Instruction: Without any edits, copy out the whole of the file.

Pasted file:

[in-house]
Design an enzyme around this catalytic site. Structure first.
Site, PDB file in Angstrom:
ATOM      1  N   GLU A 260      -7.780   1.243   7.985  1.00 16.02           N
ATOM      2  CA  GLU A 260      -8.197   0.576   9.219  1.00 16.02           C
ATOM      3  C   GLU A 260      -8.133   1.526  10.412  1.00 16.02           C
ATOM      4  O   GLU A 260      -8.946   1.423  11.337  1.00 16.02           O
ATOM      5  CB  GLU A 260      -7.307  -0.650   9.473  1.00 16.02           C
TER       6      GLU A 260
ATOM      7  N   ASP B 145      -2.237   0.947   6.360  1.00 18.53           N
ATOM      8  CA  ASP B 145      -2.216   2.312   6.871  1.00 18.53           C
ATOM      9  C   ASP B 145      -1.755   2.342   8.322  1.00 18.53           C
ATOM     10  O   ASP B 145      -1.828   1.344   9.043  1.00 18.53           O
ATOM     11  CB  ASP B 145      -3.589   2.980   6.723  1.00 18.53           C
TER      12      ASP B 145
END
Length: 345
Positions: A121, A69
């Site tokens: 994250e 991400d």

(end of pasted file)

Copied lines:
[in-house]
Design an enzyme around this catalytic site. Structure first.
Site, PDB file in Angstrom:
ATOM      1  N   GLU A 260      -7.780   1.243   7.985  1.00 16.02           N
ATOM      2  CA  GLU A 260      -8.197   0.576   9.219  1.00 16.02           C
ATOM      3  C   GLU A 260      -8.133   1.526  10.412  1.00 16.02           C
ATOM      4  O   GLU A 260      -8.946   1.423  11.337  1.00 16.02           O
ATOM      5  CB  GLU A 260      -7.307  -0.650   9.473  1.00 16.02           C
TER       6      GLU A 260
ATOM      7  N   ASP B 145      -2.237   0.947   6.360  1.00 18.53           N
ATOM      8  CA  ASP B 145      -2.216   2.312   6.871  1.00 18.53           C
ATOM      9  C   ASP B 145      -1.755   2.342   8.322  1.00 18.53           C
ATOM     10  O   ASP B 145      -1.828   1.344   9.043  1.00 18.53           O
ATOM     11  CB  ASP B 145      -3.589   2.980   6.723  1.00 18.53           C
TER      12      ASP B 145
END
Length: 345
Positions: A121, A69
């Site tokens: 994250e 991400d």